TCF sequenced the introduction of languages based on its research as follows. The transitions are gradual, emphasising bilingual and multilingual instruction.
Build Foundations in Mother Tongue and Regional Languages from Pre-Kindergarten until Grade 3: The goal is to strengthen foundations (reading, writing, listening, and speaking skills) in the mother tongue. Where multiple mother tongue languages are spoken, a familiar language can be determined with an aim to transition all students to that language by the end of grade 1.
Gradually Transition to National and Foreign Languages in Grades 4 through 7 using Multilingual Instruction: Learners will experience a gradual transition from most familiar language as the medium of instruction to a second language as the medium of instruction through a bilingual or multilingual teaching and learning model.
Rely on a National or Foreign Language as the Medium of Instruction for Grade 8 Onwards: For Grade 8 and beyond, learners will fully transition to using the national or foreign language as a solo medium of instruction to acquire proficiency and access knowledge available in that language.
TCF has already started a gradual graded roll out of this model in TCF schools supported by the Thar Foundation in Tharparkar. It will continue to be adjusted based on learning from the pilot.
The MTB MLE initiative poses some challenges, even within the limited context of the 20+ schools TCF is introducing this in.
First, many parents fear that absence of education in English-medium jeopardises future opportunities for their children in a national economy that prioritises English. To address this, the design of MTB MLE systems requires the inclusion of feedback from parents, guardians, and community members.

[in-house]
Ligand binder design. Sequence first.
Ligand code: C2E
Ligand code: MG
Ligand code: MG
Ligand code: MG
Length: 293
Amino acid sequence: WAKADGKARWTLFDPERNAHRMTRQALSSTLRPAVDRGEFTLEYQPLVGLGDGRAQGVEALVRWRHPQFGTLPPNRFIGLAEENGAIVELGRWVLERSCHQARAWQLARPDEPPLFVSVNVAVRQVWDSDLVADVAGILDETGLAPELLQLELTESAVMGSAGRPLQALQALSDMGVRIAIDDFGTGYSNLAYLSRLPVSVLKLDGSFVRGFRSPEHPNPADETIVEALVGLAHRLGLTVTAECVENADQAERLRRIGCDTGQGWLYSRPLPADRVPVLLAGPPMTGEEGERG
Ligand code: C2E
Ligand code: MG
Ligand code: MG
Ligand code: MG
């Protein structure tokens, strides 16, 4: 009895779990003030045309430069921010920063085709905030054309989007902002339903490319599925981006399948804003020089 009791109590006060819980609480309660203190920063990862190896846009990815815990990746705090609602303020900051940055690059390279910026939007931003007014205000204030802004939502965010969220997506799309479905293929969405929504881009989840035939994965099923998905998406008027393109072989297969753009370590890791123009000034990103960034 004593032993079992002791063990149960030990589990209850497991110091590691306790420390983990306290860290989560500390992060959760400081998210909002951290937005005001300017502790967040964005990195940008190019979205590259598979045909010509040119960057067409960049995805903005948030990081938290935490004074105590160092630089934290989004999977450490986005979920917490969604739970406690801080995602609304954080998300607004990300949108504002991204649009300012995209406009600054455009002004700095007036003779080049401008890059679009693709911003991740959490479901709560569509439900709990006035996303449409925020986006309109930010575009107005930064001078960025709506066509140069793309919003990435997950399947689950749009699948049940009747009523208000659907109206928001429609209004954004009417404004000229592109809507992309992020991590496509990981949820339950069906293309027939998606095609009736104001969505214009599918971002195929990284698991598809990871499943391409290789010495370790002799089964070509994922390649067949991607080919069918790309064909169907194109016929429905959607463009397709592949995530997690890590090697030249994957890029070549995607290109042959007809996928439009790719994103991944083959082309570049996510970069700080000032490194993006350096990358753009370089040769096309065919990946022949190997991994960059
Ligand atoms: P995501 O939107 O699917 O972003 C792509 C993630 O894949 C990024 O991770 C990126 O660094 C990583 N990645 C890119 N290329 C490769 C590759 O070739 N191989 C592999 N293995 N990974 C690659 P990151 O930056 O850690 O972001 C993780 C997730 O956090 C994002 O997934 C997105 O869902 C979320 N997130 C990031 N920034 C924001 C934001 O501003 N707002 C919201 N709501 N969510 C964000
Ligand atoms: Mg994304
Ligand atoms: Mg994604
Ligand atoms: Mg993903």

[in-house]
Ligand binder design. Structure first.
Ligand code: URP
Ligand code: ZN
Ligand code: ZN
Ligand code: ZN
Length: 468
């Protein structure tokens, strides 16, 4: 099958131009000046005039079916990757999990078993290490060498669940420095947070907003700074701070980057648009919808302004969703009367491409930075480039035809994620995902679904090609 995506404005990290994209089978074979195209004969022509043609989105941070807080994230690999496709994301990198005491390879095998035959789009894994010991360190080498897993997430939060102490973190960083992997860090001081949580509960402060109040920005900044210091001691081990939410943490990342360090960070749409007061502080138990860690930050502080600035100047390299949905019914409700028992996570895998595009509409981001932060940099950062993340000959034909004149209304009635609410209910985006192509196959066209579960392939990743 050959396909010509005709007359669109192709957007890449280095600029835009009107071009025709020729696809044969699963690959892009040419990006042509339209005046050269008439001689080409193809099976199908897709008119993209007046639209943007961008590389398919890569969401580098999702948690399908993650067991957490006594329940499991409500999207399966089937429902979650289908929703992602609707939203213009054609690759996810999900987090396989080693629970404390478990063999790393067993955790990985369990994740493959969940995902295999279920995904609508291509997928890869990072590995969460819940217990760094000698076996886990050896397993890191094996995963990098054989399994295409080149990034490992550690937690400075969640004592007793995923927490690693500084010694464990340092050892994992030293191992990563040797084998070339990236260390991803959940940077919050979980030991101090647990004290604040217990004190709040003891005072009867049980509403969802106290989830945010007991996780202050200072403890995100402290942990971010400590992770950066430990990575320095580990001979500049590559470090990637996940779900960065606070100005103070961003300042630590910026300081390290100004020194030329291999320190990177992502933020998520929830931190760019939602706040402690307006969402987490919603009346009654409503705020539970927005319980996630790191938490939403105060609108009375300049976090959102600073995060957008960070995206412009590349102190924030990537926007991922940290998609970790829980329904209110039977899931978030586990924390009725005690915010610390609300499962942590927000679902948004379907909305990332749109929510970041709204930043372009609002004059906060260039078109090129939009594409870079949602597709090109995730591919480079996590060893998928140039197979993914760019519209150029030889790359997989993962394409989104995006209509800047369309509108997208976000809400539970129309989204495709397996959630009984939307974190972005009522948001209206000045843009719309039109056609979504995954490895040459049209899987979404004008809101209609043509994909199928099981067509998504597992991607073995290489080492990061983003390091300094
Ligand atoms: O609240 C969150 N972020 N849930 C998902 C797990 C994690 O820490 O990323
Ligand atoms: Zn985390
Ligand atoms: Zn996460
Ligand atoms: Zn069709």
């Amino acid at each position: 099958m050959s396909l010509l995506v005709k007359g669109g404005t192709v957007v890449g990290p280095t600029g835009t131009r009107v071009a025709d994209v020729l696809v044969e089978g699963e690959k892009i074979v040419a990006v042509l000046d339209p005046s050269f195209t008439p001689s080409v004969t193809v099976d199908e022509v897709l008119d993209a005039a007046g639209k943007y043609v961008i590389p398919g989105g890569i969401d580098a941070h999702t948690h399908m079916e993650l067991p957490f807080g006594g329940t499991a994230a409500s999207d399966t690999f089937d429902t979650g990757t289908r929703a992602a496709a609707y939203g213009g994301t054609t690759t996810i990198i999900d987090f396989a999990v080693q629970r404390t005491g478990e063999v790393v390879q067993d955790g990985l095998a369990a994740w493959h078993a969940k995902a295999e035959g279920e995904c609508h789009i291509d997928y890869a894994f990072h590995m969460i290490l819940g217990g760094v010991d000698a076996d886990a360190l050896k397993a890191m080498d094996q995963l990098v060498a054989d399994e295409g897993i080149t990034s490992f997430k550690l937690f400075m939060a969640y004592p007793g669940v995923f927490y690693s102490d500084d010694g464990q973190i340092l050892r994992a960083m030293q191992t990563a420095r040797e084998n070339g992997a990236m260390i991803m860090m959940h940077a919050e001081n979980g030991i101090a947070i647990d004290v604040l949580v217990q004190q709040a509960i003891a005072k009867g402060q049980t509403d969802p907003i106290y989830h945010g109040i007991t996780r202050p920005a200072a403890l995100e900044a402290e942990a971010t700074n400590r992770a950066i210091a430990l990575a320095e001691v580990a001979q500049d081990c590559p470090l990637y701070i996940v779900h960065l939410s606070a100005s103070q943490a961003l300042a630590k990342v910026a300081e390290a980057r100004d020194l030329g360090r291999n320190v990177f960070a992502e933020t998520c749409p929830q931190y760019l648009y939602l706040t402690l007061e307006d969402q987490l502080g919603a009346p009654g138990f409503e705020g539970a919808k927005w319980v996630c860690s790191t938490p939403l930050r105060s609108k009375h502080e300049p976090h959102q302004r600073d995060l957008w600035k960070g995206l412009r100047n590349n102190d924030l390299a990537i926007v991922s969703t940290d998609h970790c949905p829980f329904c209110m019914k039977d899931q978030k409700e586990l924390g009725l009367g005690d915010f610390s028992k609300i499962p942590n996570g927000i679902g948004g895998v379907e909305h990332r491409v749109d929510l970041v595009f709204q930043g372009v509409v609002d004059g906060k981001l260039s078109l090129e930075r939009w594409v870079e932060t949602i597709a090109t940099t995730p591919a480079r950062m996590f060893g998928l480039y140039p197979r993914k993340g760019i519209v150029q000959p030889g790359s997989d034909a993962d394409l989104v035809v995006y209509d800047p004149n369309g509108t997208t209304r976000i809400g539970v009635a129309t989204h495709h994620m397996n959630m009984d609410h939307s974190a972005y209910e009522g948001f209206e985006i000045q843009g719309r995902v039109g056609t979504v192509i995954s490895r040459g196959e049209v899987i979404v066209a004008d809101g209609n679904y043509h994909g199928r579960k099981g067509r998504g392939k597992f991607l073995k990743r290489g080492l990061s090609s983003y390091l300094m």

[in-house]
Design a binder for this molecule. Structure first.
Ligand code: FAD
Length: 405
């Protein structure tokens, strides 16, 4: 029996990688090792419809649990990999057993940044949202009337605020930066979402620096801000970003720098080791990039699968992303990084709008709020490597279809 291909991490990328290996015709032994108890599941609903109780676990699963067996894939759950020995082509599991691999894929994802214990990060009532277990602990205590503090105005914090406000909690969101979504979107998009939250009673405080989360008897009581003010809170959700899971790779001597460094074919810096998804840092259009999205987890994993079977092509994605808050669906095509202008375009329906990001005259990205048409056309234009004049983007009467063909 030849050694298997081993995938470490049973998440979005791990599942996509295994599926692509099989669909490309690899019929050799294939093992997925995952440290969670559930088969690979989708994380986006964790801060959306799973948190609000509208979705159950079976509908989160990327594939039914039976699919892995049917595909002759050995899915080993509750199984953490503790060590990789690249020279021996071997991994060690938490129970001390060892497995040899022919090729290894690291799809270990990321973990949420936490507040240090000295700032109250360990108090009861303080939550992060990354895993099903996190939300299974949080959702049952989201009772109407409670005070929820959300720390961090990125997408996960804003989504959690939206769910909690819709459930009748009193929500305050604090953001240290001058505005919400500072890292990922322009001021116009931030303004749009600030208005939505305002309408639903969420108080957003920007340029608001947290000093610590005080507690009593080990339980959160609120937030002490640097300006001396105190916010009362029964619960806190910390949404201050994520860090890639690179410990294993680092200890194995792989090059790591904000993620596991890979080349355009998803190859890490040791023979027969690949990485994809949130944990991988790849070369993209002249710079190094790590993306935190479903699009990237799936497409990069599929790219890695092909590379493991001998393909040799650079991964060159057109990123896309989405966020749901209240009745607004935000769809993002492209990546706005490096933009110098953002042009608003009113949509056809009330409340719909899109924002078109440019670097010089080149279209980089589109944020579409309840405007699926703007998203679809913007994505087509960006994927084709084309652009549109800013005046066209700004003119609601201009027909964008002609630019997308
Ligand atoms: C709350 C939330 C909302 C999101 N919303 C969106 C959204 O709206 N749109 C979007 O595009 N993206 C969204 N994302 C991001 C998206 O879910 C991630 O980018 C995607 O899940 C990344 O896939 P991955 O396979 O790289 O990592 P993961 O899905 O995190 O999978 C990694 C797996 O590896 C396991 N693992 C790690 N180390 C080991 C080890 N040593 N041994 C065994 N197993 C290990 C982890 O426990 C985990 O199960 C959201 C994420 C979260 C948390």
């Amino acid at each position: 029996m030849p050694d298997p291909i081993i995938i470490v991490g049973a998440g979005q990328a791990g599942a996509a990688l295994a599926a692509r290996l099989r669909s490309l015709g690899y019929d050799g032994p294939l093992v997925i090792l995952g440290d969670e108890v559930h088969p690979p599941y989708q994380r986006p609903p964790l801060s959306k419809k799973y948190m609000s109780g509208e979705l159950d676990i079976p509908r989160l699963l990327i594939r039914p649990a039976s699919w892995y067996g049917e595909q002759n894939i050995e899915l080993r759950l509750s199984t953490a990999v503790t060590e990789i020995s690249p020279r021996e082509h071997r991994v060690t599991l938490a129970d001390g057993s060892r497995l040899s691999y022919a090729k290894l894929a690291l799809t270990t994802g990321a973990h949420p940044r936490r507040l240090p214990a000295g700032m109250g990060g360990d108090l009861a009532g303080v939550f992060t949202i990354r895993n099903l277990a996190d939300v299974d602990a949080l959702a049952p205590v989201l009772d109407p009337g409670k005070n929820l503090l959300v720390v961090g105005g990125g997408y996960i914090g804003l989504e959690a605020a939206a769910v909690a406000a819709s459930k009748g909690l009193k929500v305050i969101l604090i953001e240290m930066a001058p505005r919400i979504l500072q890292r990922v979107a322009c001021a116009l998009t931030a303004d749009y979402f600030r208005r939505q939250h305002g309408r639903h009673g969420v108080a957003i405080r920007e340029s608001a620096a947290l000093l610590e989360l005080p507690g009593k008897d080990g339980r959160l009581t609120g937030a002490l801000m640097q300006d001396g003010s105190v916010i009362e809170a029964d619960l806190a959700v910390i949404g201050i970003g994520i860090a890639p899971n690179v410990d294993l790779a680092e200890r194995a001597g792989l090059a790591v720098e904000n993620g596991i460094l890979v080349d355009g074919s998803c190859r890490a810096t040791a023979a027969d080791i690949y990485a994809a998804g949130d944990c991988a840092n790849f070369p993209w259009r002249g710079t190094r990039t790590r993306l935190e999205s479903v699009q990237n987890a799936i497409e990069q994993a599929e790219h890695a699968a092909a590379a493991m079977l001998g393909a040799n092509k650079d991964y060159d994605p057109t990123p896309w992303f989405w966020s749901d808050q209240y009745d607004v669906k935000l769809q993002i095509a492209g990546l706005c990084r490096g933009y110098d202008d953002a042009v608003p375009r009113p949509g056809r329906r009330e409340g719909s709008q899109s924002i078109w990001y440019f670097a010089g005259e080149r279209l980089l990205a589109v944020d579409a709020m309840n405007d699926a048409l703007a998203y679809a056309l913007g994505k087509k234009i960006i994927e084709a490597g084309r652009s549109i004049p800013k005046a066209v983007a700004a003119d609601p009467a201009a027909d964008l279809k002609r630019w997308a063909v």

Second, the design relies on a linear, incremental approach. This can pose a challenge for children joining school at the middle or higher levels. Additionally, students who drop out to attend another school with a different curriculum will also face challenges. To alleviate these potential shortcomings, bridge or accelerated learning programmes will need to be incorporated into the design.
Third, given the challenge of multilingualism, countries like Pakistan should give thought to developing a cadre of teachers who are able to provide language instruction, in the mother tongue as well as second, third, and fourth languages.
For children who grow up in multilingual communities around the world, diversity has become a handicap rather than a source of strength. In Pakistan, the response to linguistic diversity has been a blunt insistence on the national and foreign languages, Urdu and English. This has made quality education impossible for the majority of Pakistani children who grow up without exposure to these languages.
Unlike a lot of research that precedes this study, TCF does not just insist on mother tongue based approach to education. Instead, it provides pragmatic recommendations for how Pakistan, and countries like it, can provide mother tongue based education in contexts where there are many and then build bridges to help students acquire the foreign languages that they need to succeed.
Download the Mother Tongue Based Multilingual Education (MTB-MLE) Research Report